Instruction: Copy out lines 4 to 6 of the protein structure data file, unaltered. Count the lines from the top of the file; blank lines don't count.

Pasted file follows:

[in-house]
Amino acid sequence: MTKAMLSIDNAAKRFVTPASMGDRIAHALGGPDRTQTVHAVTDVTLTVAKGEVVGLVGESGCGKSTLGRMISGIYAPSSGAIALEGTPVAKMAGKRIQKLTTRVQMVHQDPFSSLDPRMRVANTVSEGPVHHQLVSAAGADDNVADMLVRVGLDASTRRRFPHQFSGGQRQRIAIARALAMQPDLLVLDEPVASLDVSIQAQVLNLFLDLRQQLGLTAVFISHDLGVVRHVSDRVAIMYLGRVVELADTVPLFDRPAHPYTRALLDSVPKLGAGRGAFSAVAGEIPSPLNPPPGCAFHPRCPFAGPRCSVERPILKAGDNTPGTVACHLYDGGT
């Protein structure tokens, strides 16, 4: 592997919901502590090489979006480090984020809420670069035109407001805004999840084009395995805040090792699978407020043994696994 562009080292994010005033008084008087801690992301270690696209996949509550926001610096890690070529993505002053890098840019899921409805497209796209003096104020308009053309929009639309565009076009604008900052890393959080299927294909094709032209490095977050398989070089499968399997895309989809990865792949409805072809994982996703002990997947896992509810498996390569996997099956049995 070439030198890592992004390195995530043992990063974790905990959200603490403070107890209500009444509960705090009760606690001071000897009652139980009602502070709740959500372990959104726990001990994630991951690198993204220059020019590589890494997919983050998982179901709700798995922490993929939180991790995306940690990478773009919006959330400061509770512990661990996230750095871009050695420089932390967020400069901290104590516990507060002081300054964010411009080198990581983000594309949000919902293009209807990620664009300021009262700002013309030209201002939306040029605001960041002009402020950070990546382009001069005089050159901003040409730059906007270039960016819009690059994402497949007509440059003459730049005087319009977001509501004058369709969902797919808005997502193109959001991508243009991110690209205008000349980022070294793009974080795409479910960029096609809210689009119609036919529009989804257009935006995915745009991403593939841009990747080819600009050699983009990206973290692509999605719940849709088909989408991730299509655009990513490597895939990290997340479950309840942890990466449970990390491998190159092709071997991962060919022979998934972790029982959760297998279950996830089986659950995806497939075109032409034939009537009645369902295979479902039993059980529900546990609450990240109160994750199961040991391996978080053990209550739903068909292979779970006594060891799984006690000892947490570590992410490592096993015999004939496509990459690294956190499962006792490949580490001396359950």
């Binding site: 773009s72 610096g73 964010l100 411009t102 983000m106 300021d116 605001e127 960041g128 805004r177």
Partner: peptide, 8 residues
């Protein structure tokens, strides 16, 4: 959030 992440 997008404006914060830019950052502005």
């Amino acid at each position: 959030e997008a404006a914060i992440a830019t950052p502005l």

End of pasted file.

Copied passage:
């Binding site: 773009s72 610096g73 964010l100 411009t102 983000m106 300021d116 605001e127 960041g128 805004r177």
Partner: peptide, 8 residues
């Protein structure tokens, strides 16, 4: 959030 992440 997008404006914060830019950052502005």